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Central Valley Baptist builds on old-fashioned Bible values
Eric M. Tharp is the new pastor at Manteca’s Central Valley Baptist Church. - photo by HIME ROMERO
Eric M. Tharp’s mission – as well as that of the Central Valley Baptist Church - is crystal clear.

“It is very, very clear,” the church’s new minister said. “We connect people to God through the Bible.”

Tharp assumed leadership March 1 of the 10-year-old congregation that draws upwards of 475 people a week for services.

Central Valley Baptist has built a solid following based on old-fashioned values right down to the hymns during the services. That fits Tharp’s style perfectly as building on the Bible is straight-forward and to the point.

It is an approach that has helped build the congregation over the years.

“We view a guest as a gift to us,” Tharp said of first-time visitors and the congregation’s sincere effort to make them feel right at home.

Feeling right at home is something that best describes Tharp and his family’s move to Manteca. Tharp lauded Manteca for being a true family community that dovetails perfectly into efforts by Central Valley Baptist and other churches to spread Christian-based principles beyond the doors of their churches.

“We celebrate the strength of families whether they are single moms or moms and dads,” Tharp said of Central Valley Baptist and its focus on tying in “the home, the school, and the church.”

Central Valley Baptist is conducting an open house and free BBQ on Sunday, March 29, at 11 a.m. in a bid to introduce more people to the church.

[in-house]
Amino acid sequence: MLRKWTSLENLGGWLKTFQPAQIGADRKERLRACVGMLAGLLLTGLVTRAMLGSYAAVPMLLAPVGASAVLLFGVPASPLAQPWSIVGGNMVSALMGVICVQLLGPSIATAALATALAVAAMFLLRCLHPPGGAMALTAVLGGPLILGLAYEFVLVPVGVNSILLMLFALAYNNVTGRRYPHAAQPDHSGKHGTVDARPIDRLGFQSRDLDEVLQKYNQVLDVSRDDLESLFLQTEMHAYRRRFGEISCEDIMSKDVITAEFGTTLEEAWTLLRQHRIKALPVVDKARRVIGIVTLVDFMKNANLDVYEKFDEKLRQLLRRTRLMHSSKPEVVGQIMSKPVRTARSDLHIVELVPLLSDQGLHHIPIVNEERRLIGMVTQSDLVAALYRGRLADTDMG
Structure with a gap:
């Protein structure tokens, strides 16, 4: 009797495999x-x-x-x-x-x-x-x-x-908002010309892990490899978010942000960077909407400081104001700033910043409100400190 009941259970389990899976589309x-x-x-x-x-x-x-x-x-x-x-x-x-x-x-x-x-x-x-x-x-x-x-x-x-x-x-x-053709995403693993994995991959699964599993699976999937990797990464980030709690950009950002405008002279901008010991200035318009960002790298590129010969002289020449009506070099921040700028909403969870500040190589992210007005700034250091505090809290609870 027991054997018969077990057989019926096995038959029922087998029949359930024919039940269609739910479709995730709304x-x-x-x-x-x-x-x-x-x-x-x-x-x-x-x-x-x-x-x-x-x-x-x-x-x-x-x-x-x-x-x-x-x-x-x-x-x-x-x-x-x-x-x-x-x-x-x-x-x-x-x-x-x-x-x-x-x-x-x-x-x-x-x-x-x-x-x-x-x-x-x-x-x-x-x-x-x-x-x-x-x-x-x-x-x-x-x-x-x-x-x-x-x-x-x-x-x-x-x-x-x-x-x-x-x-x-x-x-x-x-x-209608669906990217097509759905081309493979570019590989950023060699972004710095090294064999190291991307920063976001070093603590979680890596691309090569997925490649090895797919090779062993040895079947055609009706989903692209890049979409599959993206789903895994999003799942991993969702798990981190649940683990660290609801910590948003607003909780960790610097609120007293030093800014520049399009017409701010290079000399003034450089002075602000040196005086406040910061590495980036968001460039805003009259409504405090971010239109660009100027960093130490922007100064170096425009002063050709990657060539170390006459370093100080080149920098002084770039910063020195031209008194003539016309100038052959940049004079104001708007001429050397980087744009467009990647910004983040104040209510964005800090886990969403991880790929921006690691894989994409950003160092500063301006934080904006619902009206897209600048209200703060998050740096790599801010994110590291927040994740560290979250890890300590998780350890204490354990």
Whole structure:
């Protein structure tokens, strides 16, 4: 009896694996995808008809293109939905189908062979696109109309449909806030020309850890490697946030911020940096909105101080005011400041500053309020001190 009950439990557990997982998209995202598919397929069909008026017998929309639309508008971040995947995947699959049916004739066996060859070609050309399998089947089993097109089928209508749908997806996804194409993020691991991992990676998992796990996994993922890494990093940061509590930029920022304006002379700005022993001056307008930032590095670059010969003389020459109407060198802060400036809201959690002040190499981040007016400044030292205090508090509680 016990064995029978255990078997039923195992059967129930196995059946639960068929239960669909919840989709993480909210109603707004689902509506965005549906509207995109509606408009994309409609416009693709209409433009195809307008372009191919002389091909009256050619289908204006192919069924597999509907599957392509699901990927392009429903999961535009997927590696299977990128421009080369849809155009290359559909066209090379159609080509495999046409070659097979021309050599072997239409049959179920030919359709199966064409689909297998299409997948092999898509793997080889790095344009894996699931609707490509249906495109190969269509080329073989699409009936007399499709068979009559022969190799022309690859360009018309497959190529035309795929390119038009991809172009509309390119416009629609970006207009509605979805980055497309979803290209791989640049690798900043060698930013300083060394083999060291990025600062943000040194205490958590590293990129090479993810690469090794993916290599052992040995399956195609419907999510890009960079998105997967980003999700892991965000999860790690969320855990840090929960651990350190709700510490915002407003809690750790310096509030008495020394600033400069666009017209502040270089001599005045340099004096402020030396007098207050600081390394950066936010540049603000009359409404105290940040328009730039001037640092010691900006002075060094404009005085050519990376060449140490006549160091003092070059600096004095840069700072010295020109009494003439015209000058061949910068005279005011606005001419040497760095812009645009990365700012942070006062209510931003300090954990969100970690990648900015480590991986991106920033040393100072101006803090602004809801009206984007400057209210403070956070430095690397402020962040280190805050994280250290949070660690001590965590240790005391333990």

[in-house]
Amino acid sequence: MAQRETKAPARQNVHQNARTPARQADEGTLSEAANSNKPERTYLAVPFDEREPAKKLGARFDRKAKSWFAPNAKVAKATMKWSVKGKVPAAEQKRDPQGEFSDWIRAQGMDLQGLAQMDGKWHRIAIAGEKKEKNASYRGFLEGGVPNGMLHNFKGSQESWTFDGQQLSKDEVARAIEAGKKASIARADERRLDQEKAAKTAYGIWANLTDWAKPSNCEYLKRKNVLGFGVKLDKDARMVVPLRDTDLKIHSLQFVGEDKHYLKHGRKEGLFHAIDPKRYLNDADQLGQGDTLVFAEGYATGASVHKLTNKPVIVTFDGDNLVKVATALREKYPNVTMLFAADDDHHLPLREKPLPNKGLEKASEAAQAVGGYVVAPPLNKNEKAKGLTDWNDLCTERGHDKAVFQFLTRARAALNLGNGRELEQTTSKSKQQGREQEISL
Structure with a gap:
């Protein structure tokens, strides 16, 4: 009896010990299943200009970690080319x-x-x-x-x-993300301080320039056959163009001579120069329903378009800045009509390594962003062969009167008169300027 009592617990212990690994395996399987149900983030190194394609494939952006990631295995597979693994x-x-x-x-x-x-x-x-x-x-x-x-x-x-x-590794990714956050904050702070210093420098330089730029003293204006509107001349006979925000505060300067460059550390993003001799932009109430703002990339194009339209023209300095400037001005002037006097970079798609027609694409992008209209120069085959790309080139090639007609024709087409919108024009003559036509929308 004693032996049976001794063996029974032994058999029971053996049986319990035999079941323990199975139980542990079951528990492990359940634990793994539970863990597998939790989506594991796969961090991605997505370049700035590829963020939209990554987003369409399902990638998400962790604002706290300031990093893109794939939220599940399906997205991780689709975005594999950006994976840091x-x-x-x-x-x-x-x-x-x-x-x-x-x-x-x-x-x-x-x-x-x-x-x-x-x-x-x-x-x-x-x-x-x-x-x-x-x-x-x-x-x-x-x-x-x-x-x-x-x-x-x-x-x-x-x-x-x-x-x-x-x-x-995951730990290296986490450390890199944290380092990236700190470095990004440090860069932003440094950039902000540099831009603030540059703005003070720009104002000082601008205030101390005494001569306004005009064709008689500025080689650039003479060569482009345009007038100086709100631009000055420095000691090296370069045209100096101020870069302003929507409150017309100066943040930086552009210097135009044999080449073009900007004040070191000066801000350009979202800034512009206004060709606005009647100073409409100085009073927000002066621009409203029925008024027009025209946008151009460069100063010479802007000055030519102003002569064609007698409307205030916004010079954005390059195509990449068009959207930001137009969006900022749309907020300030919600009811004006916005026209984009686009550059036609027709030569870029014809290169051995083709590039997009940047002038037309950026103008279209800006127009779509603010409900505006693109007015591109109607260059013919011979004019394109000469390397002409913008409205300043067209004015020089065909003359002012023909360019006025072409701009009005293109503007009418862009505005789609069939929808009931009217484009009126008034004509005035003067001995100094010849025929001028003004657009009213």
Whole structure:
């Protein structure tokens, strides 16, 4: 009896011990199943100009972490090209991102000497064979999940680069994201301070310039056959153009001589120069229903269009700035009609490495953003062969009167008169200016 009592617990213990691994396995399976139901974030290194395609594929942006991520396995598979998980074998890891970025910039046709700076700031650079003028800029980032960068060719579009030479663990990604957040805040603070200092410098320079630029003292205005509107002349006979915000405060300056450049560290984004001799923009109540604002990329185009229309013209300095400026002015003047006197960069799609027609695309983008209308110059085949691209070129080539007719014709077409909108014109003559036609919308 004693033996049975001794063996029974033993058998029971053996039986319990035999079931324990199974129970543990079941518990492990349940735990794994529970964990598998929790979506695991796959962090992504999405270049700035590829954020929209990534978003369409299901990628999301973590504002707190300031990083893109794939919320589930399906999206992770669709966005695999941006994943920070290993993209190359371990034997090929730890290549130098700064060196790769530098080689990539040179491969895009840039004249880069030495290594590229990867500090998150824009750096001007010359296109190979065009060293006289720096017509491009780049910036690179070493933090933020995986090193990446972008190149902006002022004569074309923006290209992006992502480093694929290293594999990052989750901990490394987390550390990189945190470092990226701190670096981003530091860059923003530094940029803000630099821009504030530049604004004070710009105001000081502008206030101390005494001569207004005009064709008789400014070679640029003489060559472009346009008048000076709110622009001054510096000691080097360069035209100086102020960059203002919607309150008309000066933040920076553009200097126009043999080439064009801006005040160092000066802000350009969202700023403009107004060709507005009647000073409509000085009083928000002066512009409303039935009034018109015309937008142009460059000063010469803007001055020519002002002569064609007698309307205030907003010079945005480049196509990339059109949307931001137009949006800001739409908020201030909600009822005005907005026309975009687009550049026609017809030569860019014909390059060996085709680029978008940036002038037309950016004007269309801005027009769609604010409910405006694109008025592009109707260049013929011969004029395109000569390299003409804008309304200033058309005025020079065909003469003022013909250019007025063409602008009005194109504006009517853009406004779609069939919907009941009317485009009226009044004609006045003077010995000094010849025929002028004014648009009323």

Tharp, who has served 23 years as a minister, came to Manteca from Yuma, Ariz., where he served as pastor of the First Baptist Church for 19 months. Prior to that, he was at the North Valley Baptist Church in Santa Clara where he ministered for several years. He is also a college professor at Golden State Baptist College in Santa Clara.

Tharp met his wife Joanne at Bible College in Pontiac, Mich. They started Mountain View Baptist Church in Holyoke, Mass. where they served 19 years.

Tharp first delivered a sermon in front of a group when he was 9 years old at his hometown church. He’s been preaching continually since he was 13.

“I get to do every day what I love to do.” Tharp said of serving God and people as a minister

Every day is rewarding but Tharp said it is hard to top the feeling when he’s worked with someone who finally embraces God 100 percent.

“It’s a super natural feeling,” Tharp said as his face lighted up. “It has to be because it is not me or even our church that did it. God gets the credit.”

Tharp noted that in trying times more people turn back to the church for answers that Central Valley Baptist strives to provide through the Bible.

Unfortunately for some it is a fleeting desire.

Tharp’s church in Massachusetts was 90 minutes north of Ground Zero on Sept. 11, 2001. The number of people attending church and taking a stronger interest in faith increased significantly.

“It ebbed though after three months,” Tharp recalled.

Tharp said his goal is to help people understand how a strong spiritual life can help put the rest of their life in perspective.

Faith is what helped his family cope with the untimely death of his eldest son - Eric – at age 18. His daughter Lisa is married. The other Tharp children are Jessica and Joseph.

Additional information on Central Valley Baptist is available at